Sleeping lead lawyer doesn't justify overturning capital conviction, federal judge rules
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A federal judge in Texas has rejected a habeas petition filed on behalf of a death-row inmate whose primary lawyer snoozed throughout the trial.
U.S. District Judge Lynn Hughes ruled against inmate George McFarland, who was convicted in 1992 for killing and robbing a grocer carrying a bag with $27,000 to cash customers’ payroll checks. The Houston Chronicle has coverage of the April 2 decision.
No one disputes that the lawyer’s sleeping “was pronounced, obvious and frequent,” Hughes wrote. But McFarland was never completely without counsel because a concerned judge had appointed another lawyer as co-counsel.
McFarland was charged after his nephew said he had admitted to the robbery and an eye witness identified him, although her initial ID was tentative. No physical evidence connected McFarland to the crime. The nephew was paid $900 from Crime Stoppers for his information.
McFarland had hired 72-year-old lawyer John Benn to represent him, although he had not tried a capital case in two decades, Hughes wrote in his decision. The trial judge recognized that Benn was unprepared to try a capital case and repeatedly asked McFarland whether he wanted to continue with Benn as lead counsel. McFarland kept Benn.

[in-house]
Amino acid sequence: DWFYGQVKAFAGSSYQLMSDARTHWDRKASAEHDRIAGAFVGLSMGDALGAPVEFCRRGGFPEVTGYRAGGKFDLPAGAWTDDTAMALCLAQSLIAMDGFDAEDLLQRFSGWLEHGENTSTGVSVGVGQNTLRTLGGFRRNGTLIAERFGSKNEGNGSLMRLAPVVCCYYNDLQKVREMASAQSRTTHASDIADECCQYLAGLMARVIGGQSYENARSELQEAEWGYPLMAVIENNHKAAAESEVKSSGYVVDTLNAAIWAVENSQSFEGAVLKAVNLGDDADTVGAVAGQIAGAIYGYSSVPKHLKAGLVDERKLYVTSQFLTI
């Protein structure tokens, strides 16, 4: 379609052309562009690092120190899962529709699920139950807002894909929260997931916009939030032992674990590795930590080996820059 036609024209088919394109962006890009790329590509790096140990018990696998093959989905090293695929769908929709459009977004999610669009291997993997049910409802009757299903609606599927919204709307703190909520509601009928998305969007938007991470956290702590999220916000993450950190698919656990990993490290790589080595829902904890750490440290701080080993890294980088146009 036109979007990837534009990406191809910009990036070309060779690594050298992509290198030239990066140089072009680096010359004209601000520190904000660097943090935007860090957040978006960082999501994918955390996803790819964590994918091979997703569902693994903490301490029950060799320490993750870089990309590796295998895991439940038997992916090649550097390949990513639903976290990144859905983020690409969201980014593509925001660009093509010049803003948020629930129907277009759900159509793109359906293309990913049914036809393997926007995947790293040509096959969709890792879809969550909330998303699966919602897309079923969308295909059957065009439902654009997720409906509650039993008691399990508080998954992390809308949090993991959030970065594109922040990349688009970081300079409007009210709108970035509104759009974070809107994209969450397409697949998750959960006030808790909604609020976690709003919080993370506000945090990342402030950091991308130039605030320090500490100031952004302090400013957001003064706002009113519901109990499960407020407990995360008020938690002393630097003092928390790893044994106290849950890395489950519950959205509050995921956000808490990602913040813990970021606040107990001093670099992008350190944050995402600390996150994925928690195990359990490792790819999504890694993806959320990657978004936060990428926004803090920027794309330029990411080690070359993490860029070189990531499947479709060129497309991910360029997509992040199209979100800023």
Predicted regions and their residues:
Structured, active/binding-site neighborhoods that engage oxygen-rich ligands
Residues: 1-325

“The bailiff initially nudged Benn’s chair to rouse him but soon gave up,” Hughes wrote. “Benn’s sleeping was obvious to the entire courtroom.”
The trial judge appointed a second lawyer, Sanford Melamed, as co-counsel. Melamed had tried about 30 felony cases but had never represented a capital defendant. McFarland didn’t consent to appointment of Melamed, and Benn refused to coordinate with him on trial strategy.
Melamed did examine all but three of the prosecution witnesses, however. He had filed motions, tried to exclude evidence, hired an investigator and researched legal issues. He also was ready to try the case himself. At trial, Melamed questioned the nephew about his $900 payment form Crime Stoppers and his previous admission to a mental institution.
Benn had testified that reading the state’s case and briefing a few points of law on evidence was sufficient trial preparation, Hughes said.
But Benn did cross-examine the eye witness, bringing out that she initially told police she wasn’t sure she could make an identification. Benn also questioned her ability to recognize McFarland in an initial photographic array a month after the crime. In closing arguments, Benn told jurors that her memory was unlikely to have improved when she later identified McFarland in a live lineup.
“The court does not approve of a sleeping lawyer,” Hughes wrote. “This is unacceptable by an attorney in any case, and particularly in a case of this magnitude. The question before the court is whether the court of criminal appeals unreasonably applied federal constitutional law. It did not. McFarland was never completely without counsel.”
The case had come before Hughes more than a decade ago, according to the Houston Chronicle. Hughes ruled months after a Houston-area activist wrote a higher court to complain about the delay.